# What Do the 5P10 and 5P20 Mean in a Current Transformer?

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• 26 Aug 2024

## What Do the 5P10 and 5P20 Mean in a Current Transformer?

For a current transformer (CT), different accuracy classes, such as 5P10, 5P20, or 10P10, are chosen based on the specific requirements and accuracy needs of the protection scheme in use. This accuracy class is suitable for many protective applications in electrical systems such as metering, protective, and general monitoring or control systems.

### Marking of Accuracy Class in CT

Generally, the accuracy class notation is printed on a transformer nameplate right after the power rating of the transformer e.g. 15VA 5P10, 45VA 5P20 etc.

For example, a 45VA, 5P10 protection current transformer (CT) with

Rated Primary Current = 400 A

Rated Secondary Current =  5 A

• 45VA  ➡️  Accuracy Power rating in volta-ampere
• 5P      ➡️  Accuracy Class
• 10      ➡️  Accuracy limit factor

Its accuracy load Pn = 45 VA

Its accuracy class = 5P

Its accuracy limit factor (ALF) = 10

For I = ALF, In, is accuracy is 5% (5P).

## What Does ‘5P20’ Mean in CT?

In current transformers (CTs), the notation “5P20” refers to the accuracy class and the knee point voltage of the CT. Let’s break down what each part of this notation means:

1. ### Number 5 (Composite Error):

2.  This number represents the accuracy class of the current transformer. In the case of “5,” it corresponds to an accuracy class of 5. Current transformers are classified into various accuracy classes based on their ability to accurately reproduce the primary current in the secondary circuit. A lower number indicates higher accuracy. Accuracy class 5 is generally used for applications where high accuracy is not critical, such as in monitoring or protection where a slight error in measurement is acceptable.
3. ### Letter P (Protection Class):

4. The letter “P” in the notation represents the “Protection class.” It signifies that this particular current transformer is primarily designed for protective applications, like overcurrent or short-circuit protection.
5. ### Number 20 (Accuracy Limit Factor):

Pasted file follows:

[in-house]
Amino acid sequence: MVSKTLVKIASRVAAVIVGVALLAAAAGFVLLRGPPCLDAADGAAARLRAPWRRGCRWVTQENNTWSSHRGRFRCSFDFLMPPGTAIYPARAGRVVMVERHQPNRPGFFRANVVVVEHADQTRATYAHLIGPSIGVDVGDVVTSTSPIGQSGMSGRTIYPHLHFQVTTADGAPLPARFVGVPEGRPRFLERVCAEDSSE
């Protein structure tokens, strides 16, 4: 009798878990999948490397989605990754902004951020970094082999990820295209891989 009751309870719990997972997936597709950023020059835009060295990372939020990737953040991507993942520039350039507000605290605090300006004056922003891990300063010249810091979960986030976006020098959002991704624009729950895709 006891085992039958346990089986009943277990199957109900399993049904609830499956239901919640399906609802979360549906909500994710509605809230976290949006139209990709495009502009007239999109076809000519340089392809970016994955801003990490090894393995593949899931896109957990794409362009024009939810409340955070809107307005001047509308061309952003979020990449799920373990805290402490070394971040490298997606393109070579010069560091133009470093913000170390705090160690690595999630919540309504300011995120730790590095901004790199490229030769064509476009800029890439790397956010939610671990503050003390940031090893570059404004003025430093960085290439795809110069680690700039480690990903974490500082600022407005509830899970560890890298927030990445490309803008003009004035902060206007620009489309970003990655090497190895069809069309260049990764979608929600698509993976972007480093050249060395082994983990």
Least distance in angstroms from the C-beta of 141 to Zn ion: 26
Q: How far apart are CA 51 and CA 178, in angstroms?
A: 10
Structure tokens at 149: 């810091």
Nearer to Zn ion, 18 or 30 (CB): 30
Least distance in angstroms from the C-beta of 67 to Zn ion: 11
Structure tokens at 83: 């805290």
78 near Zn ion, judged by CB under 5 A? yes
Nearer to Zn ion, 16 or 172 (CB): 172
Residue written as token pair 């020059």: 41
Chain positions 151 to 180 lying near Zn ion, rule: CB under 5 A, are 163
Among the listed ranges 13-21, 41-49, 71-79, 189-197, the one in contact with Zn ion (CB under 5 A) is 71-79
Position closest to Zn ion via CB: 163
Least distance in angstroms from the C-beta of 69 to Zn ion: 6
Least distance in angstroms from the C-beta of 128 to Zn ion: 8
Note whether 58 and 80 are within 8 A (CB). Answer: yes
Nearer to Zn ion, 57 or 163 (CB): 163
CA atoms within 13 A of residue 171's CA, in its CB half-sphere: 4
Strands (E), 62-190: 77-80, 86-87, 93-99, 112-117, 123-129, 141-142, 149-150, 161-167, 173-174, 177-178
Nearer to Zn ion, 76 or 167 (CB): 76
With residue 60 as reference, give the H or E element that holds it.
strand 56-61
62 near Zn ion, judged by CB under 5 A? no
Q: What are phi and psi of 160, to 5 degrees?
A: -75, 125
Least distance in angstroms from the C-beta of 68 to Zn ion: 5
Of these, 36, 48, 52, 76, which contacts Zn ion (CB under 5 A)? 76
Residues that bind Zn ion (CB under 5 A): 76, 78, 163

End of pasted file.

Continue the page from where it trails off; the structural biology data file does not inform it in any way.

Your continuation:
6.  This number represents the knee point voltage of the CT. The knee point voltage is the voltage level at which the CT begins to saturate, meaning it can no longer accurately represent the primary current. In the case of “20,” the knee point voltage is 20 times the rated secondary voltage. So, if the secondary voltage of the CT is, for example, 5 volts, then the knee point voltage would be 100 volts.

The 5P20 marking on a current transformer indicates that if the primary fault current is 20 times the rated current, the error will be 5%.

For example, suppose a CT has a current ratio of 1000/10. In the case of a fault:

The fault current in primary will be

1000 x 20 = 2kA.

fault current in secondary:

10 x 20 = 200 A ±5%

It clearly shows that the knee point is very high in the case of 20,000 amperes. Even during high fault currents, accuracy is not as important as ensuring that the CT operates for protection without saturating the circuit.

“5P20” represent that the current transformer has an accuracy class of 5, is primarily designed for protective applications, and has a knee point voltage 20 times the rated secondary voltage. This information is important for selecting the appropriate current transformer for specific applications. It ensures that it can provide accurate and reliable current measurements under specified conditions.

## What is Meant by 5P10 in CT?

When the fault current does not exceed 10 times the rated nominal current on the primary side, the CT will exhibit an error of ±5%, provided that the rated accuracy limit factor is 10.

• 5: This number indicates the accuracy of the CT. When the current flowing through the CT is 20 times the rated primary current, the CT reads within a composite error of 5%.
• P: This letter indicates that it is a protection class CT. Protection class CTs are designed to carry fault currents and maintain their accuracy during fault conditions.
• 10: This number, also known as the Accuracy Limit Factor (ALF), indicates the magnitude of fault current that can safely flow through the primary of the CT without saturating it. For instance, if a CT has a ratio of 800/5 amperes, it can handle a current up to 10 x 800 = 8 kilo-Amperes.